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Deficit overcome, a lead building, India stay on track at Wanderers


The second ball of the second day of the Wanderers Test from Mohammed Shami leaped at Dean Elgar, who fended it safely to point. The last ball of the day from Keshav Maharaj spun and bounced at Cheteshwar Pujara, who edged it softly past slip for his seventh four and took India’s lead to 58 with eight wickets standing.

What ensued in between those two deliveries was not only utterly absorbing cricket, but also the build-up of several narratives that are hurtling towards one grand denouement at the Bullring. The headline story of the day was, of course, how Shardul Thakur transformed his golden arm into a goldmine extracting one precious wicket after another. Before Thakur ripped through the South African batting line-up, the morning had been about the craft and threat of Shami and Jasprit Bumrah pitted against the grit of Elgar and the elegant promise of Keegan Petersen.

It was also about a stand-in captain trying to limit the opposition without the cushion of too many runs to defend and with his third seamer reduced to bowling wicket-to-wicket medium pace. Mohammed Siraj was unable to summon his familiar frenetic energy after having done his hamstring on the second evening, and operated in the late 120s to early 130s, about half the bowler he usually is.

Skipper KL Rahul also had the punchy counter-attack of Temba Bavuma to contend with, and the resoluteness down the order of Marco Jansen and Keshav Maharaj, who earned a useful first-innings lead of 27 for South Africa.
India had just wiped out the deficit and started to build a lead of their own when they lost both their in-form openers Rahul and Mayank Agarwal.

Cheteshwar Pujara and Ajinkya Rahane came together in the middle now. Fighting to keep their team in the match, fighting to give their bowlers a chance to go for India’s first series win in South Africa. And of course, fighting to keep their spots in the team.

Pujara and Rahane remained unbeaten when play was called off on Day 2. (AP)

As they went about trying to accomplish all of these weighty tasks, it was hard to tell at times which was which, as if the styles had been switched. Rahane on the hop, taking snorters on the top glove, fending them past short leg, trying to play straight. Pujara hooking and driving as if this was a chase to be completed by stumps. Looking to dislodge the veterans short on runs, South Africa overpitched too often, and Pujara, in particular, and of all batsmen, did not hold back even once.

In the 8.2 overs the pair was at the crease until stumps, India added 41 runs, and Pujara strode back on 35 off 42, at a very uncharacteristic strike-rate of 83. Unlike Pujara and Rahane, the South African pair of the morning had resisted true to style. Elgar played and missed and ducked and weaved, shrugging matter-of-factly after surviving searching examinations from Shami and Bumrah, as if to suggest it was all an occupational hazard. Petersen, meanwhile, showed why all the fuss about him is justified. On a somewhat up-and-down surface that had quickened up further, he still had time to get behind the line. He had the balance to unfurl picture-perfect cover drives and square drives. He was alert and aware enough to move away from the line of bouncers directed at his body. Like Rahul, deliveries that had and would trouble others didn’t bother him, as he played so late without committing early.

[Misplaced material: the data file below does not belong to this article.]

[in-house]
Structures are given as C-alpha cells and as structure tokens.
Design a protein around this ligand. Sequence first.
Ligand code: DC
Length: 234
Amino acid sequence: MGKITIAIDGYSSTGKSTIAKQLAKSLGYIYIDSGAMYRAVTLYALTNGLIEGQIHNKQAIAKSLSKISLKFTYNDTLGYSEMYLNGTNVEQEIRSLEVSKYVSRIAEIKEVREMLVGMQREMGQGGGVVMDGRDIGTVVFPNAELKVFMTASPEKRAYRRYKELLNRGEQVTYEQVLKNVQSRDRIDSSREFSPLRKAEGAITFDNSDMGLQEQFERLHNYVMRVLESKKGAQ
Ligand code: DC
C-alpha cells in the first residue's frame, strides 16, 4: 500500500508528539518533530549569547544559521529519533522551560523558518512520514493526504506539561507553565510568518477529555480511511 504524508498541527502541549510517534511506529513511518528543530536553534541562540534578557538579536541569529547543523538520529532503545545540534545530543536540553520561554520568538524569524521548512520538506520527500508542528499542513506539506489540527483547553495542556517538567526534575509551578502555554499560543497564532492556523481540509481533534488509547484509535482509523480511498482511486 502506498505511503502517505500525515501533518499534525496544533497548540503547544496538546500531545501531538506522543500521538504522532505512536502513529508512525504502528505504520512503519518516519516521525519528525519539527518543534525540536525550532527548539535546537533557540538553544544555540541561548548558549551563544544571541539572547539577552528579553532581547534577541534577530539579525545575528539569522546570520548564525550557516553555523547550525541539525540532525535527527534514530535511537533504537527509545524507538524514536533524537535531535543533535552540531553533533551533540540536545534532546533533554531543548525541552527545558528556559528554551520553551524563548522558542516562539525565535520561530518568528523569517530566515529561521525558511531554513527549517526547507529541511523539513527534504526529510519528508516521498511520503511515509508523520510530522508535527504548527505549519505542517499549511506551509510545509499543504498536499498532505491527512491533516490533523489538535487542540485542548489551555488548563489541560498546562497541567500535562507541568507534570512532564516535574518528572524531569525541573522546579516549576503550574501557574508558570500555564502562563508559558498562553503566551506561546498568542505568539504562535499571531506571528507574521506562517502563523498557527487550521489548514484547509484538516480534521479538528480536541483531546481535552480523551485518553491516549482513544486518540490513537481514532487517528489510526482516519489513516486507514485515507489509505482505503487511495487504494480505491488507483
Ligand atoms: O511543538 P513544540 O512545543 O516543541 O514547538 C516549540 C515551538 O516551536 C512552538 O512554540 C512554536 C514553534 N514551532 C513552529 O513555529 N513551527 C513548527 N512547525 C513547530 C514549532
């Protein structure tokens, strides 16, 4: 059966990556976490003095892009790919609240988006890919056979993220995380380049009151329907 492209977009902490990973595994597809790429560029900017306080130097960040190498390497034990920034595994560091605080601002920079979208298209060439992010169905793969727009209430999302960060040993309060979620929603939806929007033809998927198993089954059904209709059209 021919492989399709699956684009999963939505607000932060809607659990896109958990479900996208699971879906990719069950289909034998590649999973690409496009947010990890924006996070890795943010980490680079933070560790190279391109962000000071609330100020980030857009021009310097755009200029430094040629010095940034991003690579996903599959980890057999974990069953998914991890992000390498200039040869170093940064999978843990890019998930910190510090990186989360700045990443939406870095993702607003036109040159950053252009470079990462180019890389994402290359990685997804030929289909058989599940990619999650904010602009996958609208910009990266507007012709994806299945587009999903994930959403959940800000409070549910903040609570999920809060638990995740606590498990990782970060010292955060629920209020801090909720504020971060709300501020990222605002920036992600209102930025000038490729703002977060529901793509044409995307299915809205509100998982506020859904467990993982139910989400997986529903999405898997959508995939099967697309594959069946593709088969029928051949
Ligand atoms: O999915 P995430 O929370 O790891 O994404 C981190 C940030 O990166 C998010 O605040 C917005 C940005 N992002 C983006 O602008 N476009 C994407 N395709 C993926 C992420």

With luck not on their side, Shami and Bumrah kept running in. Bumrah would set up Petersen with four or five wide ones and slip in the nip backer, only to watch it go inches over the stumps. Shami, seam perpendicular to mother earth as always, would move it both ways from the same spot but miss the edges of the bat.

Like Shami, even Bumrah had now started to hold his face in his hands in disappointment and just change direction in his follow-through to start moving back to his mark. There is little else you can do when it is not going your way when it should. All Shami and Bumrah would get was a couple of strikes at the tail after Thakur had reaped his golden harvest.
That South Africa did not get too far in front, and that India have hacked their way to 85/2 in just 20 overs means the hosts will get increasingly edgier if they don’t strike early on the third morning. Pujara and Rahane, led by Rahul junior and guided by Rahul senior, looking to save their careers and set up a historic first for India. Will it all come together in place at a ground called Wanderers?





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